Welcome to a special look at a feature produced by our investment team in the latest issue of our quarterly magazine, True Insight.
In this video we’ll take a closer look at recent volatility in global markets, we’ll explain how it is calibrated by the VIX Index and how, through the magic of pound cost averaging, it can be beneficial to those making regular contributions to their investments.
More so than ever, whether it be the Federal Reserve Board, Mark Carney at the Bank of England or the financial media in general, there’s some degree of uncertainty about the course of financial markets.
Does the current slowing of growth herald the “end of the cycle” we’ve been hearing so much about? Or will a pause in, or even a reversal of interest rate hikes provide a further leg to the global economic recovery?
The jury is out.
However, what all commentators appear to agree on is that volatility will increase. And we’ve seen this already. In October last year global equities, in sterling terms, were down 5.2%.
In November they stabilised. December witnessed a fall of 7.5%, much of which was returned during January and February during which they gained 6.8% in a very strong start to the year.
In actual fact, compared to historical norms, markets have not become more volatile. What we’re seeing is perfectly natural. It just feels odd because for so long markets have been buoyed by the tide of easy money from quantitative easing, which has served to “float all boats” and provide the means for markets, in all assets, to rise steadily higher.
That was, in large part, what QE was designed to achieve. However, part and parcel of the economic revival and the return to some sort of normalcy is the reappearance of volatility. As you might expect market practitioners have a way of measuring this, expressing volatility as a number, and increasingly we see references to the VIX index.
The VIX, or to give it its full name, the Chicago Board of Exchange Volatility Index, was first developed in 1992 and, using a complex formula based on the S&P 500 options market, it computes implied volatility on the broad US market.
The VIX index is designed to provide a theoretical expectation of short term volatility quoting the expected, annualised change in the S&P 500 over the next thirty days.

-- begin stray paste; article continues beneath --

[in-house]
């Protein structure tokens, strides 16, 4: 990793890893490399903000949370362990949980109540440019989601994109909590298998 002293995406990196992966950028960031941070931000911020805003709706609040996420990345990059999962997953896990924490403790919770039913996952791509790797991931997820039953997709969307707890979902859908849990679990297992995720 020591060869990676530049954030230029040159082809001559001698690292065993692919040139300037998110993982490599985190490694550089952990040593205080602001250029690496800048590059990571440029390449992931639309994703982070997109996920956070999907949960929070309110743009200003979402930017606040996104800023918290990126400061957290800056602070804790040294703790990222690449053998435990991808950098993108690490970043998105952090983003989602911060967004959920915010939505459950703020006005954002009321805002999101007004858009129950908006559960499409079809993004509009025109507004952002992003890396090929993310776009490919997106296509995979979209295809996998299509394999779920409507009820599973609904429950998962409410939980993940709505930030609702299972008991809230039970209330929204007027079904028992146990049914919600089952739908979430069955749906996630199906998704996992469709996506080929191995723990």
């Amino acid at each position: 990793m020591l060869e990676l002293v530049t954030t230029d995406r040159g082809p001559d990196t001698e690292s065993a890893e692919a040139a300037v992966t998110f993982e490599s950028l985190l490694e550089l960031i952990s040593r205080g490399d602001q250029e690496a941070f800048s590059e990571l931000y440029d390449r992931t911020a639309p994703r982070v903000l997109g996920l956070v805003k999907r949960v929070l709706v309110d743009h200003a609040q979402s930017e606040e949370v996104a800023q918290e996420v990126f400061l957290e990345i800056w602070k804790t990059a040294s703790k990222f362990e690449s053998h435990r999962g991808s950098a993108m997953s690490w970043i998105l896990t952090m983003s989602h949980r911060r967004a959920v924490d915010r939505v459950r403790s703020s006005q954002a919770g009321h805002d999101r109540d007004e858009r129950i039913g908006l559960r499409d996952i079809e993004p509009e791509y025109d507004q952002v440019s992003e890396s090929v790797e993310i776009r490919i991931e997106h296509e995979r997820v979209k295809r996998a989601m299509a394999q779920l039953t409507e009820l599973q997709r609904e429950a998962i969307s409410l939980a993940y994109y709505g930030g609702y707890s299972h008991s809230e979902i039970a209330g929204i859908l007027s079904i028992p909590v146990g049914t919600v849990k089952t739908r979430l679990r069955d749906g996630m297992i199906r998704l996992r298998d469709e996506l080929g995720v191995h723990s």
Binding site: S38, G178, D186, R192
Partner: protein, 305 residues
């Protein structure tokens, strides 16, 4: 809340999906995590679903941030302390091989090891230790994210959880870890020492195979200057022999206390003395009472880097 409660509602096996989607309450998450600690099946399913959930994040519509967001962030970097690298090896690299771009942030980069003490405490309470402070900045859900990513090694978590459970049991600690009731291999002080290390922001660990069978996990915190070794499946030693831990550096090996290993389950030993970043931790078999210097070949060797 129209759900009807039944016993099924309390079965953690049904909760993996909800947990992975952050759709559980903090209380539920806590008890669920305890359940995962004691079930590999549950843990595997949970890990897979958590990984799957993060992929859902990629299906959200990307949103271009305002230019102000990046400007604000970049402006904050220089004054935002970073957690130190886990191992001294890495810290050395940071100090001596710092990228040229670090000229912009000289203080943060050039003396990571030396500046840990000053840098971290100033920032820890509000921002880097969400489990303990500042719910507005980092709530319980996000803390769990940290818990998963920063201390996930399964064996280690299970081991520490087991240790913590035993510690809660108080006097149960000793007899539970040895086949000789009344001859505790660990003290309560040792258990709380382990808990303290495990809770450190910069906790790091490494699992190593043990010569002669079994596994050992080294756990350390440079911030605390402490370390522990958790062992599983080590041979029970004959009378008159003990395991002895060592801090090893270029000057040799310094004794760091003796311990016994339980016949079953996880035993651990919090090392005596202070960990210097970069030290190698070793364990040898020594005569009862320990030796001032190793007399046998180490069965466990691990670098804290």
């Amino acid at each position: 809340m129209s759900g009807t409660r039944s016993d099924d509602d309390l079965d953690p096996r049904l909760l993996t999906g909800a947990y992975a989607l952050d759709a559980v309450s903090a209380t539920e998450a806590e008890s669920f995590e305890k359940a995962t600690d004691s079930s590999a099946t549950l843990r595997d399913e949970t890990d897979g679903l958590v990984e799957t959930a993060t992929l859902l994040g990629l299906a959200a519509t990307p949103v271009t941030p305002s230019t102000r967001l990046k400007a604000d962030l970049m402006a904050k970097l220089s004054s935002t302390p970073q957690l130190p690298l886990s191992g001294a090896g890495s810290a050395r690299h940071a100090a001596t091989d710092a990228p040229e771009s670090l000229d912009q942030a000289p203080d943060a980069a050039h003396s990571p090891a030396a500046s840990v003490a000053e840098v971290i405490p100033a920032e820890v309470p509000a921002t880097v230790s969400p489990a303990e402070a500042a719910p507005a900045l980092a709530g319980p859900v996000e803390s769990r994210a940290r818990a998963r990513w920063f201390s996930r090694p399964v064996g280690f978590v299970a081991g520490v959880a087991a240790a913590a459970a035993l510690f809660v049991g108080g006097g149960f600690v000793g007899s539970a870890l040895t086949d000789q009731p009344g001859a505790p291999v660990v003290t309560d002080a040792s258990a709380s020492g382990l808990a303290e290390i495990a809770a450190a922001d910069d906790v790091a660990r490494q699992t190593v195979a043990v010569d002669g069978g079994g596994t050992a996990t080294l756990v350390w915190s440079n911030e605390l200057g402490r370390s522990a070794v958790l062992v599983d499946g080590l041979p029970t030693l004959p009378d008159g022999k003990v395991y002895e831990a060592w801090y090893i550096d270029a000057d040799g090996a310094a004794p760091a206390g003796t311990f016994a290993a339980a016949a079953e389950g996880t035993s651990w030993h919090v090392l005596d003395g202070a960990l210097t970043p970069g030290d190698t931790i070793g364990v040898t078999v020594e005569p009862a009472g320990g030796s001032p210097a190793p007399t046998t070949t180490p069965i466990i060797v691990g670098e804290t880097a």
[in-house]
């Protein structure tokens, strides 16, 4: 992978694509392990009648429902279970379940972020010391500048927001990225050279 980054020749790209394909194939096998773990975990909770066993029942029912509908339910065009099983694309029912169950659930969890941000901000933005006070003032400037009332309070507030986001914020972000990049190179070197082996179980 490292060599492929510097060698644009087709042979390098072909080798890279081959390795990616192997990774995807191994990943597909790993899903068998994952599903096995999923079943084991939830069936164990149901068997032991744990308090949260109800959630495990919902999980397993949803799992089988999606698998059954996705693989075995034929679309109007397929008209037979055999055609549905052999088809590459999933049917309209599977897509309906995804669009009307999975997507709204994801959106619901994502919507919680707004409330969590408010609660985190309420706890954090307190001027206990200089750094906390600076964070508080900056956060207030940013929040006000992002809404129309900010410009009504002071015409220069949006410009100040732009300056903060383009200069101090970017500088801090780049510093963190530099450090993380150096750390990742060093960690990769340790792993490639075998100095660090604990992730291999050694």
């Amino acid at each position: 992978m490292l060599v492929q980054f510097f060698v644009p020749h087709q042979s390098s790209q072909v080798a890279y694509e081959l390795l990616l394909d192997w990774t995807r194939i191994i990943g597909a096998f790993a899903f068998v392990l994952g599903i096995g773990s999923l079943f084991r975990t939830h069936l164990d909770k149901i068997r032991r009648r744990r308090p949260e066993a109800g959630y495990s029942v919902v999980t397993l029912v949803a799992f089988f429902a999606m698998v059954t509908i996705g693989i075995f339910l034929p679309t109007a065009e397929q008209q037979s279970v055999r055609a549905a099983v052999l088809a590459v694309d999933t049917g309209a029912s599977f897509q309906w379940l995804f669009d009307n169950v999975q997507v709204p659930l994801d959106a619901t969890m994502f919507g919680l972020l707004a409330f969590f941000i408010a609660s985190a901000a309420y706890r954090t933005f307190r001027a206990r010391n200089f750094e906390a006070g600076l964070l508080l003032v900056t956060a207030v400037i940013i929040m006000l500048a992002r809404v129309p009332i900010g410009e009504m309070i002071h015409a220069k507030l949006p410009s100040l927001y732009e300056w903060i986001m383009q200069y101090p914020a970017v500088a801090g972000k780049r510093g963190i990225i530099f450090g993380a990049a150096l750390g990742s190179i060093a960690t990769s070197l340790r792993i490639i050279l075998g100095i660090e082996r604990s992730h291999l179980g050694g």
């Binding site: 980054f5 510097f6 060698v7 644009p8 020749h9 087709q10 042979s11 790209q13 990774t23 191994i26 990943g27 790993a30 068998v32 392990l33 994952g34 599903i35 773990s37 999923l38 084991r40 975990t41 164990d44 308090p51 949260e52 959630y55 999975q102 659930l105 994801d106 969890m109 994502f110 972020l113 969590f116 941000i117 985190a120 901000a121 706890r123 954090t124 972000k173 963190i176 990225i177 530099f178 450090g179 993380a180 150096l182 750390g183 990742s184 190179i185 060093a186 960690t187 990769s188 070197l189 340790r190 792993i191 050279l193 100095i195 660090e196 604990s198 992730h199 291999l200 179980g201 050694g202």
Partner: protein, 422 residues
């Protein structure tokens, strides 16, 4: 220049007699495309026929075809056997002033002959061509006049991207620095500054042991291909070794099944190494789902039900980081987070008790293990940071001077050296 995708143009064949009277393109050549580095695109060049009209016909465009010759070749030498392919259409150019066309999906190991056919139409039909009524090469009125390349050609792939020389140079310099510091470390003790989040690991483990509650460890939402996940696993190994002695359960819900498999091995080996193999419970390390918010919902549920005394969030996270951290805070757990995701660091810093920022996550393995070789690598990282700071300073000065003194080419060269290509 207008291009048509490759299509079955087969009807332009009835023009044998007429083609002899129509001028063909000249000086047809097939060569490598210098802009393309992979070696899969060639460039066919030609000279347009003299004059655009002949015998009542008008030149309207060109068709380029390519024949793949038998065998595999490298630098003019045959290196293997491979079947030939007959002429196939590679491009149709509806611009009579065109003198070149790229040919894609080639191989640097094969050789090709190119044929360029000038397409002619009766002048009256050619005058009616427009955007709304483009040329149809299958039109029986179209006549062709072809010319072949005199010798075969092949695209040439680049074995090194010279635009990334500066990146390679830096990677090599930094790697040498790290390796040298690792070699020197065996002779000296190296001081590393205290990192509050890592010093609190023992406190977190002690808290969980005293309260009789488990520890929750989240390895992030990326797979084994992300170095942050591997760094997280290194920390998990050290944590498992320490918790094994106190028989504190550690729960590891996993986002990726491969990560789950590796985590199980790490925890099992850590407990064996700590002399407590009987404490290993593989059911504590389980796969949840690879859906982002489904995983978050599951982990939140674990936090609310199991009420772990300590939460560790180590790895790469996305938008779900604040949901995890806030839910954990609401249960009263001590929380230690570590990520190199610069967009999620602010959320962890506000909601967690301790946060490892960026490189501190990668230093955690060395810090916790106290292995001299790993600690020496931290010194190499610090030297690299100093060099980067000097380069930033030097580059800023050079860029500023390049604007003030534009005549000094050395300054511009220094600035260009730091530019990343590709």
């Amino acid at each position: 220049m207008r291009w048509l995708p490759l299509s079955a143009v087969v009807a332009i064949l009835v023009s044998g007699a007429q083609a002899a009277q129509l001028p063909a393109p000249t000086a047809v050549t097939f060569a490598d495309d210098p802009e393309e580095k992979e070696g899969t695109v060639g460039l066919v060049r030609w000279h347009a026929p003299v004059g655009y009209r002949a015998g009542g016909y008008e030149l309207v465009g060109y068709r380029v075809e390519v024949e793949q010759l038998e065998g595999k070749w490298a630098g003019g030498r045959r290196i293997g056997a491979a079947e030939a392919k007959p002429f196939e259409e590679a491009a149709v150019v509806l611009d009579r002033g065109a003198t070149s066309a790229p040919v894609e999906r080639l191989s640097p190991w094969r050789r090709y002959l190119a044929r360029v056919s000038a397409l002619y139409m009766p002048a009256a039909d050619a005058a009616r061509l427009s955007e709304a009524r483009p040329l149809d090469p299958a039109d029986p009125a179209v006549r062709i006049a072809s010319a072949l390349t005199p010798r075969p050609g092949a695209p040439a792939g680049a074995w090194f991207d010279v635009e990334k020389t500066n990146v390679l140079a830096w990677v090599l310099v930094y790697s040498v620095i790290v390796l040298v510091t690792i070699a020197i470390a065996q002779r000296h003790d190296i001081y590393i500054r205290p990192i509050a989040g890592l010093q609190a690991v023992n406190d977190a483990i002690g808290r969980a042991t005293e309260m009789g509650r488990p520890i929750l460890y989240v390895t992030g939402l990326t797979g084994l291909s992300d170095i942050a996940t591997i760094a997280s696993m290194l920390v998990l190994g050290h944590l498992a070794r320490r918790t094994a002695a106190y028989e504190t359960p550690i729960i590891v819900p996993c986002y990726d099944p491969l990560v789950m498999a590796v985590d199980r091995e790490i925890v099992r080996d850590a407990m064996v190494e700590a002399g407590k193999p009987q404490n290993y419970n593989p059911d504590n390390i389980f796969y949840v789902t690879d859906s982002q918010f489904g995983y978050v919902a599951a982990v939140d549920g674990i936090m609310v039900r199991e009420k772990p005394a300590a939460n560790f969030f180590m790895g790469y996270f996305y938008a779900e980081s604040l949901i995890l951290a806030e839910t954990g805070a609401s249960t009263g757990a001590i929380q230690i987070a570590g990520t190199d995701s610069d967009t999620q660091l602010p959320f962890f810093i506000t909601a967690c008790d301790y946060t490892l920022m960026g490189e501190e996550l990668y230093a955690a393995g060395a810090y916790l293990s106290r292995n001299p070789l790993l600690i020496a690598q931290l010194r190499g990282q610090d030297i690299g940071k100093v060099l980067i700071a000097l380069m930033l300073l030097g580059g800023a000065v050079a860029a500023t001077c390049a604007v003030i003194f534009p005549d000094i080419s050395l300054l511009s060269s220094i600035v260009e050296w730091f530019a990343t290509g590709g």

Like much of what happens in the financial markets, what began as an indicator, developed by academics and used by only a few practitioners, soon came to enjoy widespread prominence with the VIX regularly cited in articles describing the nature of global equity markets.
With the current bull market the longest on record, but forecasters undecided on the direction of financial markets and much of the economic picture clouded by geopolitical concerns, turbulence is likely to characterise the foreseeable future and the only certainty may be continued uncertainty.
In what remains a low growth, low inflation, low interest rate world, volatility is likely to persist. It is also likely to be a good way of making money.
Academic research and, more to the point, anyone who has ever tried it, will tell you that it is next to impossible to time markets; to get in at the bottom and sell out at the top.
However, when markets are “trading sideways”, rising and falling but ultimately not really moving up or down, they lend themselves to regular investment.
Through the alchemy of pound cost averaging, regular savers investing a specified amount over a period of time stand a better chance of outperforming the market compared to an initial lump sum investment. As the chart shows, in volatile markets, regular savers investing the same amount each time will buy more shares or units of an investment when prices are lower and fewer when prices are higher. The upshot of this is that their average cost is likely to be lower than the average price of the investment over the period in question.
So, making regular commitments will bear fruit and while investing in uncertain markets is unnerving, the rewards of outperforming in volatile conditions are particularly sweet.
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